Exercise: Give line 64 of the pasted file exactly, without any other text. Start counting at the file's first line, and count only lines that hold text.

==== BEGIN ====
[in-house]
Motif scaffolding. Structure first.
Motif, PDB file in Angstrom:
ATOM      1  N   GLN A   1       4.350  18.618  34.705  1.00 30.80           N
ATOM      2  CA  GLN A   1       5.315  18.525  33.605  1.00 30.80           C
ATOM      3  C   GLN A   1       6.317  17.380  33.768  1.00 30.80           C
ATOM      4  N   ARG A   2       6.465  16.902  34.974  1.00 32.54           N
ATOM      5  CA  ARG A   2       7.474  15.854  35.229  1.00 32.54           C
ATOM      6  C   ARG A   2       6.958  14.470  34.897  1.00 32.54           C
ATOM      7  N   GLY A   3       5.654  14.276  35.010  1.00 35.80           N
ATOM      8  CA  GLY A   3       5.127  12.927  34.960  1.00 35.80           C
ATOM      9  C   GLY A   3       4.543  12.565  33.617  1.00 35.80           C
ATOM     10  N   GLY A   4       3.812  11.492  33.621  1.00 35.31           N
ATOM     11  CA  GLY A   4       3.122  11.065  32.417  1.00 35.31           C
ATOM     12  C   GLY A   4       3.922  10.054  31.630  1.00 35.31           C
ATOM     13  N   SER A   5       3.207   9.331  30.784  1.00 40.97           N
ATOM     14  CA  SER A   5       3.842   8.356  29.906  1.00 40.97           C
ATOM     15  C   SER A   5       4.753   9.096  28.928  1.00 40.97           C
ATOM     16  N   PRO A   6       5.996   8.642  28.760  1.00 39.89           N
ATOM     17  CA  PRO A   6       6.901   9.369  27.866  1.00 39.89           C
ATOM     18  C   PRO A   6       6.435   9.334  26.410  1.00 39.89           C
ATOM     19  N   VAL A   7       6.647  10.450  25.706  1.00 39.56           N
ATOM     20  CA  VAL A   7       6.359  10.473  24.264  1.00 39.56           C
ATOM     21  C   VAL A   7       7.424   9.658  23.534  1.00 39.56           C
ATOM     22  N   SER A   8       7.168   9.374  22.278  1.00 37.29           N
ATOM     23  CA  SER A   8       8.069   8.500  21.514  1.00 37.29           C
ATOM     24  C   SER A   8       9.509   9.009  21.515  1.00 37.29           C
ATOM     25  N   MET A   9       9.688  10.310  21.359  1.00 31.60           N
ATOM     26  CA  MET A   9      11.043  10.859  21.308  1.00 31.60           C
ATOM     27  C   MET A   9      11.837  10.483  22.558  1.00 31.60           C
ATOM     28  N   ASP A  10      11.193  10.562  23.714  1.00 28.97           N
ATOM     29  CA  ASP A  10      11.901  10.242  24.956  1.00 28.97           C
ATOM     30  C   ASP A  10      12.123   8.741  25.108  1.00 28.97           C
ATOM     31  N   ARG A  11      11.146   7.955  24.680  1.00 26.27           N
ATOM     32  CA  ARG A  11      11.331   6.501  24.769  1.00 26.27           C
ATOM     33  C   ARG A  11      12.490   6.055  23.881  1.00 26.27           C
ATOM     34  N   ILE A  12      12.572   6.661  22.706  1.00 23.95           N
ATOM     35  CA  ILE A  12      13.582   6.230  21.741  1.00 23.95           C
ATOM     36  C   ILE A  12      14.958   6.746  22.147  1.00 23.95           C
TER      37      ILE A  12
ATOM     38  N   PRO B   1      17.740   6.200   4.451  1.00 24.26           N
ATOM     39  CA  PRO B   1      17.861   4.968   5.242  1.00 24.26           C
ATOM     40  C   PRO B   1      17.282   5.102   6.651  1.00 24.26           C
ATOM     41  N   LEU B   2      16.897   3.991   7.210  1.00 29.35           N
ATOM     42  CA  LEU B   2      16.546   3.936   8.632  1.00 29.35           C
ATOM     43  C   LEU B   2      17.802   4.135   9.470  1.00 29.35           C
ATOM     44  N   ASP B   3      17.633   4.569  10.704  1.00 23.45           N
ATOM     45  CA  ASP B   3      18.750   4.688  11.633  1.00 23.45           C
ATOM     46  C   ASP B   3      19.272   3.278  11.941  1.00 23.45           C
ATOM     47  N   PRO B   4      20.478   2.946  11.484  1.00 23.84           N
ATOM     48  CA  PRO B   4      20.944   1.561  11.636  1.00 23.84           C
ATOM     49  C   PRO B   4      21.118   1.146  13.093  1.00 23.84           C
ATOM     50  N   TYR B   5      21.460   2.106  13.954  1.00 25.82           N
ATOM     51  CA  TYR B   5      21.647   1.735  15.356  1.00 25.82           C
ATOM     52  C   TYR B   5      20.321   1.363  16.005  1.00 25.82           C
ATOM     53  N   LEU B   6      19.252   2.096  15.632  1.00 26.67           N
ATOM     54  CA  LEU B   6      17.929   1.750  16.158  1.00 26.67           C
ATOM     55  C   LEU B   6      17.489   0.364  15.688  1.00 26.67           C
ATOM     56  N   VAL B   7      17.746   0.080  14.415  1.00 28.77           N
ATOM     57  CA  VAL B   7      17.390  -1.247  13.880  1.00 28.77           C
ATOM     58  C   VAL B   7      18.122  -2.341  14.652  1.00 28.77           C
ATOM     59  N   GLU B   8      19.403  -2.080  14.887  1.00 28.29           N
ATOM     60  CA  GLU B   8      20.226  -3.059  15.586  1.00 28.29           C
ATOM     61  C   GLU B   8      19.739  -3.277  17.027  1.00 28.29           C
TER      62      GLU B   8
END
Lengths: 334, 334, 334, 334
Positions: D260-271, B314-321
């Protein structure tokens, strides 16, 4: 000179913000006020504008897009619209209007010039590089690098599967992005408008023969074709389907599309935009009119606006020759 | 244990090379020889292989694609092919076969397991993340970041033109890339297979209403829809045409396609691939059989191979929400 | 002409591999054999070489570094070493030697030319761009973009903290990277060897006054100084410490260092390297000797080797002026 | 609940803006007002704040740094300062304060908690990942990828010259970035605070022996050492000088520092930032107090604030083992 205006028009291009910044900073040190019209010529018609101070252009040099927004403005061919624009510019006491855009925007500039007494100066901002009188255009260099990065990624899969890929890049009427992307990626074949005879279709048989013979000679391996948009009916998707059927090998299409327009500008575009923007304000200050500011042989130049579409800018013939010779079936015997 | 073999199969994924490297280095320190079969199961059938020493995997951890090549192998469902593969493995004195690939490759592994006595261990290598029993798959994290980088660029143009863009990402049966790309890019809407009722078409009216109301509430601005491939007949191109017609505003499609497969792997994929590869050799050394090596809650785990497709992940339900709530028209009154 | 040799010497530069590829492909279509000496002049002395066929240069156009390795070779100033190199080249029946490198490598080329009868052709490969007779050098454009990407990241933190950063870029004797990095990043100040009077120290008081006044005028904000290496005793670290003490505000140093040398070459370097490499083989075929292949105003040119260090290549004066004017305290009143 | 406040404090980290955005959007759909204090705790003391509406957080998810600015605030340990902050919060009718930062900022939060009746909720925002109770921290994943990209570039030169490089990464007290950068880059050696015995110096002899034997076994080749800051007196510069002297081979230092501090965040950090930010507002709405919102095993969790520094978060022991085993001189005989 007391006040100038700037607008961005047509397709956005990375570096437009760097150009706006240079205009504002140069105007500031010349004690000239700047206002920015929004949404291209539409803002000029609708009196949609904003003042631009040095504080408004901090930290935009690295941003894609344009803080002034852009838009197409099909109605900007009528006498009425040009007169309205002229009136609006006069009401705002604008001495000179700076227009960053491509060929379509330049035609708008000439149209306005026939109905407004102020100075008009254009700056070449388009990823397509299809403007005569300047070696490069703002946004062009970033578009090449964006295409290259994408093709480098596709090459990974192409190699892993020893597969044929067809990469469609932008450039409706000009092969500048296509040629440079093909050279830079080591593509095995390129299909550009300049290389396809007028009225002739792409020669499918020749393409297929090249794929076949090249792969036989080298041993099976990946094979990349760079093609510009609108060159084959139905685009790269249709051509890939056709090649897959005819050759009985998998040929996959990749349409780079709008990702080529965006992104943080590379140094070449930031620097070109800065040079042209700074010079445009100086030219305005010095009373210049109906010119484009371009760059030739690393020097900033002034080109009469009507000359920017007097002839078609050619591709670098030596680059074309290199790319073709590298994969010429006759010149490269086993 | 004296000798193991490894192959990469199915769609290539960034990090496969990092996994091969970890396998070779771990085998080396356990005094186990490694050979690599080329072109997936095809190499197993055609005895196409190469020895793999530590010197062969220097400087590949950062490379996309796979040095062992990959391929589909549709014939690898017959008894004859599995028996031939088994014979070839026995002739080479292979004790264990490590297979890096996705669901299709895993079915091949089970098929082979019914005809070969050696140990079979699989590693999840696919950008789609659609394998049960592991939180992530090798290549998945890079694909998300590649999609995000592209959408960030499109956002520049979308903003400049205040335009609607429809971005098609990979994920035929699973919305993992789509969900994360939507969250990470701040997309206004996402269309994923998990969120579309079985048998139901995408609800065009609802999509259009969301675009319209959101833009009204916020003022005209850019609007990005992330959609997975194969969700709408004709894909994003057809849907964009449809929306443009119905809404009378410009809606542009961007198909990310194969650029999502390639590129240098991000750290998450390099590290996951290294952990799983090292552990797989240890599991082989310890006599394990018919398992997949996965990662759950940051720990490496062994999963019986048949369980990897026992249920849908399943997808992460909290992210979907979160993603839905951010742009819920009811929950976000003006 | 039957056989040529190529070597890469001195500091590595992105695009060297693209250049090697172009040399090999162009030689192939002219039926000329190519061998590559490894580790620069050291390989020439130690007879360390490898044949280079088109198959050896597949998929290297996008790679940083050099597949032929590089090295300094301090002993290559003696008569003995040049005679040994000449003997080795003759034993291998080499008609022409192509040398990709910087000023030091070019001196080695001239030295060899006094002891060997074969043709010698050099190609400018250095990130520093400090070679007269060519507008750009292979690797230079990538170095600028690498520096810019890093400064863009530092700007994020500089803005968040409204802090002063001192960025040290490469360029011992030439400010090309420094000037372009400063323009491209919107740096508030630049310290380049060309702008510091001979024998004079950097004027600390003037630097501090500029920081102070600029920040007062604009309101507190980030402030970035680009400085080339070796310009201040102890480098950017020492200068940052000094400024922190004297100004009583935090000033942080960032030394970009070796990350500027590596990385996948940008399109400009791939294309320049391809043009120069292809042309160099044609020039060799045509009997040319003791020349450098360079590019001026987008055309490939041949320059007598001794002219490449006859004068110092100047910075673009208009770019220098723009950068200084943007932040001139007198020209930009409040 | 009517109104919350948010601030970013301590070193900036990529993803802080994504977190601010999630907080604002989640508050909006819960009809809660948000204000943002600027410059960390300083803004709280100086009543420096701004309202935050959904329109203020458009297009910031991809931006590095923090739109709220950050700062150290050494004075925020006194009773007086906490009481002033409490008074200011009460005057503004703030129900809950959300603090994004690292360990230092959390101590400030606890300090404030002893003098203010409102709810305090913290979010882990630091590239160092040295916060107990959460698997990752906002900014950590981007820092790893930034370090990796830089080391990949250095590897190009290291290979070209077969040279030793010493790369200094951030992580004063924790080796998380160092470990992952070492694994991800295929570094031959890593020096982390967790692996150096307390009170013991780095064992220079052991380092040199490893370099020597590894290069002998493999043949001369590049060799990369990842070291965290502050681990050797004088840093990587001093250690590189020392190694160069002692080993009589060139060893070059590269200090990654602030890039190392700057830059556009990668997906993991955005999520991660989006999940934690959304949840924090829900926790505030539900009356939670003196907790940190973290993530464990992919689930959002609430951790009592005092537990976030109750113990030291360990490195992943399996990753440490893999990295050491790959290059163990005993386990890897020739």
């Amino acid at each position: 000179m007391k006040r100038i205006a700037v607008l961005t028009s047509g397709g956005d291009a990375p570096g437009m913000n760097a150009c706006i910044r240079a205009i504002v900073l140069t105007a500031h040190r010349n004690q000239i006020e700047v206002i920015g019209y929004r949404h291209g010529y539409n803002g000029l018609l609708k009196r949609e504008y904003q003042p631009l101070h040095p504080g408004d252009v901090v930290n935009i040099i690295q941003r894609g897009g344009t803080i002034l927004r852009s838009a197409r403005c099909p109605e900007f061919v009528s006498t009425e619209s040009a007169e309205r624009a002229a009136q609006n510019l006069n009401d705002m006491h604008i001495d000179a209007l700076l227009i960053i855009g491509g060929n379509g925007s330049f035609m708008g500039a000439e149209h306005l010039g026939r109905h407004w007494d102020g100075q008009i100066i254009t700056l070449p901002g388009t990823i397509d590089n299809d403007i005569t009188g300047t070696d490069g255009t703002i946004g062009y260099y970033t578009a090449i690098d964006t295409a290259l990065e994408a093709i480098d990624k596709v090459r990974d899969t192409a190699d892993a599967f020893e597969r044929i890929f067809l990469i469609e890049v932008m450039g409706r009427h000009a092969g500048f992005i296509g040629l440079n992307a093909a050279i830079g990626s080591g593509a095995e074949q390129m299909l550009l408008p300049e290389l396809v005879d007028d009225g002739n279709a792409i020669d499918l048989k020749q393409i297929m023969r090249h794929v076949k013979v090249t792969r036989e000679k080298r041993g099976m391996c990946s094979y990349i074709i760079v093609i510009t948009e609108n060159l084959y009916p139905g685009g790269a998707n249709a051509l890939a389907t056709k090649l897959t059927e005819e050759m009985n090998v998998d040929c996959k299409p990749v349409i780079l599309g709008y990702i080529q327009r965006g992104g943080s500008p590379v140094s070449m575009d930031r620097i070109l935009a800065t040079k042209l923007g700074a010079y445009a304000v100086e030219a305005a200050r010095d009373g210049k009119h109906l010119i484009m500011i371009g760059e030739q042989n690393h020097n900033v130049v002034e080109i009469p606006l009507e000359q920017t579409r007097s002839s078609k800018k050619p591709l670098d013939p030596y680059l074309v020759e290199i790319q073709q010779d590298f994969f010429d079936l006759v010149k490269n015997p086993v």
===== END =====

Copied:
ATOM     61  C   GLU B   8      19.739  -3.277  17.027  1.00 28.29           C